9 Ways you’re Ruining your Hip Thrusts
It’s time to fix your hip thrust!
Hip Thrusts are one of my favourite exercises to program for clients… but only if they can do them well! Over my many years as a coach, I’ve seen the good, the bad, and the ugly which is how I’ve come up with this list of the 9 most common mistakes that people make when hip trusting. So, let’s get into it:
- Chin Position – When we thrust we want to tuck our chin onto our chest throughout the movement. I would cue this as “Chin tucked, eyes down at your knees”. Chin tucked means better ability to hip-extend rather than extending through your back which is commonly associated with feeling less Glutes and more lower back.
- Feet Too Wide – “I feel my adductors only!”. We often talk about feet positioning in reference to how close or how far away from your body, but width matters too! We want our feet to be just outside shoulder width at the absolute most.
- Feet Too Close – “I feel my quads only!”. Quickest fix is assessing how close feet are too your body. We want roughly a 90 degrees angle of the knee at top of thrust position. If your feet are too close, we get more knee flexion, increasing quads.
- Feet Too Far Away – “I feel my hamstrings only!”. This is commonly associated with having your feet too far away from your body. The further your feet are from your body, the more we increase hamstrings potential. Hip thrusts are effective as the bent knee decreases hamstrings.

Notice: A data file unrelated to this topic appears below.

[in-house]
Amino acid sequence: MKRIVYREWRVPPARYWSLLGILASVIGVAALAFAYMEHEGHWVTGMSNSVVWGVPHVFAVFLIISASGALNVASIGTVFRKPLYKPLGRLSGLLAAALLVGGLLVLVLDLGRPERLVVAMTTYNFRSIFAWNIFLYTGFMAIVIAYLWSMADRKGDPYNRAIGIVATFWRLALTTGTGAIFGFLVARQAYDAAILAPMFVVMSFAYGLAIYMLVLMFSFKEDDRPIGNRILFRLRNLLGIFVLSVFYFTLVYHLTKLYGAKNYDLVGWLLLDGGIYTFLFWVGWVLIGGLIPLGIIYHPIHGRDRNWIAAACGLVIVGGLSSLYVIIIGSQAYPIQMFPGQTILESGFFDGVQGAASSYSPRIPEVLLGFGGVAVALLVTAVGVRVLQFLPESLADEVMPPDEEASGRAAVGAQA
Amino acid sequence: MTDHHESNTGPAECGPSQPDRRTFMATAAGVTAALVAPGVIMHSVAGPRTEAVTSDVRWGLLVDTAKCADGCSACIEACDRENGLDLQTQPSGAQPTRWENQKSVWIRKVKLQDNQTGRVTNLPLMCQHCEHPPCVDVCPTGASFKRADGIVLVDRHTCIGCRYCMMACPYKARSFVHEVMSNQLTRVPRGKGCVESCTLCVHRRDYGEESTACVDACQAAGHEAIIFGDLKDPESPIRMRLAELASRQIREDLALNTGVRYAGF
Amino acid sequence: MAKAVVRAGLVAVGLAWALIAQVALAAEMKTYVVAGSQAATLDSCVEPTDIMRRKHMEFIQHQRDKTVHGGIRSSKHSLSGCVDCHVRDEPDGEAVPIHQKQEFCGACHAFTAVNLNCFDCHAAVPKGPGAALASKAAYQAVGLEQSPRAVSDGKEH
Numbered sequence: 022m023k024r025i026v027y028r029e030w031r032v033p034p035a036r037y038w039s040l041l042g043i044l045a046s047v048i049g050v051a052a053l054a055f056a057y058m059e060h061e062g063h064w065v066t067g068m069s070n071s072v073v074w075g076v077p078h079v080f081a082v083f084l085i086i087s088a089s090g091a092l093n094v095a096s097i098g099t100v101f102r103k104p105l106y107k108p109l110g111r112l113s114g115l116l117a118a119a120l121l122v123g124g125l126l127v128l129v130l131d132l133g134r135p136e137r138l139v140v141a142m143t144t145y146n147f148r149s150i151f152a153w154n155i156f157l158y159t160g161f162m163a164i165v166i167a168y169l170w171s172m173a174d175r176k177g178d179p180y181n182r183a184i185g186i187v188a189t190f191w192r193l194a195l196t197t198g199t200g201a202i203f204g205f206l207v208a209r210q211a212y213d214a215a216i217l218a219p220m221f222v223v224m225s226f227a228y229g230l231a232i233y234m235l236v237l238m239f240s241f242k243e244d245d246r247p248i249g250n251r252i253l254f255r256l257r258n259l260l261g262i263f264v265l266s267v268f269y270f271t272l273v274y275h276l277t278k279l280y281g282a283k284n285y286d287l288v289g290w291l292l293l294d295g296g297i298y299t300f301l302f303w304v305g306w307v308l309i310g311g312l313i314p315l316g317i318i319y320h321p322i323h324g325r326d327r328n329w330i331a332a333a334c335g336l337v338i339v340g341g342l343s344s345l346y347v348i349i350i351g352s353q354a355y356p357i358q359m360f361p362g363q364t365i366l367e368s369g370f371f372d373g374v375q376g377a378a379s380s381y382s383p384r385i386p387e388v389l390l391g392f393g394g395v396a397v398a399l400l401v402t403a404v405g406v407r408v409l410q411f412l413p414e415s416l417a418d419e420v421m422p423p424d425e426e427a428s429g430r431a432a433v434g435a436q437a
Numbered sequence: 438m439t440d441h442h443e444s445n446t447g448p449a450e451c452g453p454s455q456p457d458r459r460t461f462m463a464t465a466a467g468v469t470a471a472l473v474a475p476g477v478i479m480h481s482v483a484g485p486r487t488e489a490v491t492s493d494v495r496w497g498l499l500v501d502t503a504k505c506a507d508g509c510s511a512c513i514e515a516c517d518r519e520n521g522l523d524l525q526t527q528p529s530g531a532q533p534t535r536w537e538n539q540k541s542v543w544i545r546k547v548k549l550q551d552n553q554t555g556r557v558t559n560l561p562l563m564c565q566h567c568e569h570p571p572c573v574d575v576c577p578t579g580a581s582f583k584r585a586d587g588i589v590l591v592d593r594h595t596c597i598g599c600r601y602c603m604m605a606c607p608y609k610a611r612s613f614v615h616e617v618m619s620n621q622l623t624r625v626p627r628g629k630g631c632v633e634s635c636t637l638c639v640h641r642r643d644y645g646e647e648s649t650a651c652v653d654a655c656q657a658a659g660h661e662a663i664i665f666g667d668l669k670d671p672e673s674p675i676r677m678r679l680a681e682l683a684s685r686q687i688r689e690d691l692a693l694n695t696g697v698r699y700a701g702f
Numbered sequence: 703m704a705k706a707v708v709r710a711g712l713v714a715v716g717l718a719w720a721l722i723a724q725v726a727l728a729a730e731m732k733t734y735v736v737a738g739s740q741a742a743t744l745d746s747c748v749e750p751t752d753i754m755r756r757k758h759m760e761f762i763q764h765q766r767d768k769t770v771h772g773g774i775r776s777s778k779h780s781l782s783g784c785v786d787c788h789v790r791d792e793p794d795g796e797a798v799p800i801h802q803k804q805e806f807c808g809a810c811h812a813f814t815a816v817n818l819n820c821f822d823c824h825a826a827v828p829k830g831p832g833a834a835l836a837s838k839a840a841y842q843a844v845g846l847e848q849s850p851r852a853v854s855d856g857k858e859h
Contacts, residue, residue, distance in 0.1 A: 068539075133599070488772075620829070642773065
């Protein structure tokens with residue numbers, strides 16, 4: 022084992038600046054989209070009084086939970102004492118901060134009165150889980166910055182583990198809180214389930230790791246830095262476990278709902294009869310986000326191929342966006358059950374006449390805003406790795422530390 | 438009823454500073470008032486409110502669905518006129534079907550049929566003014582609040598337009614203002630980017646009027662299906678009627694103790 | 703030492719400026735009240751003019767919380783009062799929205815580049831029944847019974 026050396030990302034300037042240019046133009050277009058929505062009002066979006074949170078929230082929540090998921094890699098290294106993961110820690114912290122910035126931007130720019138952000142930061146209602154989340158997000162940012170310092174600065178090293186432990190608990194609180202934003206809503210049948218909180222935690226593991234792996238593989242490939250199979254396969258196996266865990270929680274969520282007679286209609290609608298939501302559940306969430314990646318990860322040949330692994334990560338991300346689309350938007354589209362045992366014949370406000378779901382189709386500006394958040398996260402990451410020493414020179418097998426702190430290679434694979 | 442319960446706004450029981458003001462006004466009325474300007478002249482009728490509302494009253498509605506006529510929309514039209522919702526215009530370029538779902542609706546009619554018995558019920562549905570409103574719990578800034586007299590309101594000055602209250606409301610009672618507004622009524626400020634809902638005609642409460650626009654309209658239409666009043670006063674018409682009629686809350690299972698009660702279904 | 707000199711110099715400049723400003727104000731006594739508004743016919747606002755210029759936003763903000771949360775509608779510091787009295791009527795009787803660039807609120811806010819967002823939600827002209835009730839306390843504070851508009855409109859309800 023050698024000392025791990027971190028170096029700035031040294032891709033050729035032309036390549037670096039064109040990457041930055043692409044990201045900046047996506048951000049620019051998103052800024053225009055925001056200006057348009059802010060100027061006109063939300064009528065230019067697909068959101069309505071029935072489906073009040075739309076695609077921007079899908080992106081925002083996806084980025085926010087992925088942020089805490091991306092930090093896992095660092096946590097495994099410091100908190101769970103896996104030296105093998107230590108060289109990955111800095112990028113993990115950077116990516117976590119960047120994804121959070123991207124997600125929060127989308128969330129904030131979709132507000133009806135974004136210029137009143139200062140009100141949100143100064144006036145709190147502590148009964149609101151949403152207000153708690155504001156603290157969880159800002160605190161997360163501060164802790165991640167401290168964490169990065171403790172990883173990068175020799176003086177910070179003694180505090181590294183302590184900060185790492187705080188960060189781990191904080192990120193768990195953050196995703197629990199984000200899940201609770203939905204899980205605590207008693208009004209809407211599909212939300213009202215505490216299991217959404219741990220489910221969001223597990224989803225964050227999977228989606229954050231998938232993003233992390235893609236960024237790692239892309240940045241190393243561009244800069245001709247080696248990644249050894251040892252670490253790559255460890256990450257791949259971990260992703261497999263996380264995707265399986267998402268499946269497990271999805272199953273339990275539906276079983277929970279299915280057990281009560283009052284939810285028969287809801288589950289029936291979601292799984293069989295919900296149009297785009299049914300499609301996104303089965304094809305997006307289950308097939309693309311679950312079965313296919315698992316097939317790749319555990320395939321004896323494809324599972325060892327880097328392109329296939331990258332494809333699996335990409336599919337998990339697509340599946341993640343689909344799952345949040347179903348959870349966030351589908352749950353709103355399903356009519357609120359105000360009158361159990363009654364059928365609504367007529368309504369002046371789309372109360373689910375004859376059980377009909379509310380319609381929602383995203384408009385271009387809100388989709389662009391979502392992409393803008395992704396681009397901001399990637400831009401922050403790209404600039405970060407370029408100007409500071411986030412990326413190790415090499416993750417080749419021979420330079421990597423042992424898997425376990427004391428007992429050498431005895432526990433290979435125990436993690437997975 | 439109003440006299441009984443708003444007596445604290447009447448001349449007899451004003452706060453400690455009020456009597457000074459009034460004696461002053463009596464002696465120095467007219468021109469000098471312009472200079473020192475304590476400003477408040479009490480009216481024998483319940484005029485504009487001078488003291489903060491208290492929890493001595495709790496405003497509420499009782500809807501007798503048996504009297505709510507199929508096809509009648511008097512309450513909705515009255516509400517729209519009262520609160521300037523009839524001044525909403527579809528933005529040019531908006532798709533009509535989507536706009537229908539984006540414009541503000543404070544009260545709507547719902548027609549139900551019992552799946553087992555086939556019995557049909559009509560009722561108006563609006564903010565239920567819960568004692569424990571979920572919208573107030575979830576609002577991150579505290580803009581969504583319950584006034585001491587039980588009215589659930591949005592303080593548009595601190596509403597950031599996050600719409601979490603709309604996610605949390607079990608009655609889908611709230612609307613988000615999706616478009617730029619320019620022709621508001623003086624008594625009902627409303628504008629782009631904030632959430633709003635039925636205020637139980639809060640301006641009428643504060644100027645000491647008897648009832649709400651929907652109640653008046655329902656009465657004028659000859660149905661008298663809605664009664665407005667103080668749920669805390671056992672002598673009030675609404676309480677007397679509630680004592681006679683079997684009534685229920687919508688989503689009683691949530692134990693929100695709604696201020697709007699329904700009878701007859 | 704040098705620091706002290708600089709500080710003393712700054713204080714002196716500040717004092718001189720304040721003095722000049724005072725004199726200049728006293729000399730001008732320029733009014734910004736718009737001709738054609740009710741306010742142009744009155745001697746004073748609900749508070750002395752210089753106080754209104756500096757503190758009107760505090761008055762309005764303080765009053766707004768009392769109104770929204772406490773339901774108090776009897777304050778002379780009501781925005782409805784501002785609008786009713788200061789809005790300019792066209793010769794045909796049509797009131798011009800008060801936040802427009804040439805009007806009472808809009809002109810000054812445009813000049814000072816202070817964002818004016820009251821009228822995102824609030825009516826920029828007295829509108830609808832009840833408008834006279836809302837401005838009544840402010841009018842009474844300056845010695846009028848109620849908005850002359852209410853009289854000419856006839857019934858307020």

- Driving With Toes – People driving off their toes increases quad activity. We want whole foot down ideally equal weight between the foot. Keep the heel down!
- Losing Scapula Position – Another one I see is people sliding all over the place each rep. When setting up, try to drive your shoulder blades down into the pad. This will help when driving up to not slide back excessively and lose positioning.
- Over Banding – Banding knees does not make it more Glute max receptive. The whole point of a thrust is to train hip extension and banding abduction can negatively impact hip extension. Primarily we want to focus on loading hip extension, not abduction.
- Bench Too High – I’m referring to when you’re performing dead stops. Your upper body positioning matters and we want to keep this locked in throughout the set. When a bench is too high, we lose this and it effects the form.
- Lifting Too Heavy – Hip thrust has become a bit of an ego lift. I think people forget where tension is greatest, being the top. Want Glutes? Make sure top range is reached completely!
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Coach Mark Carroll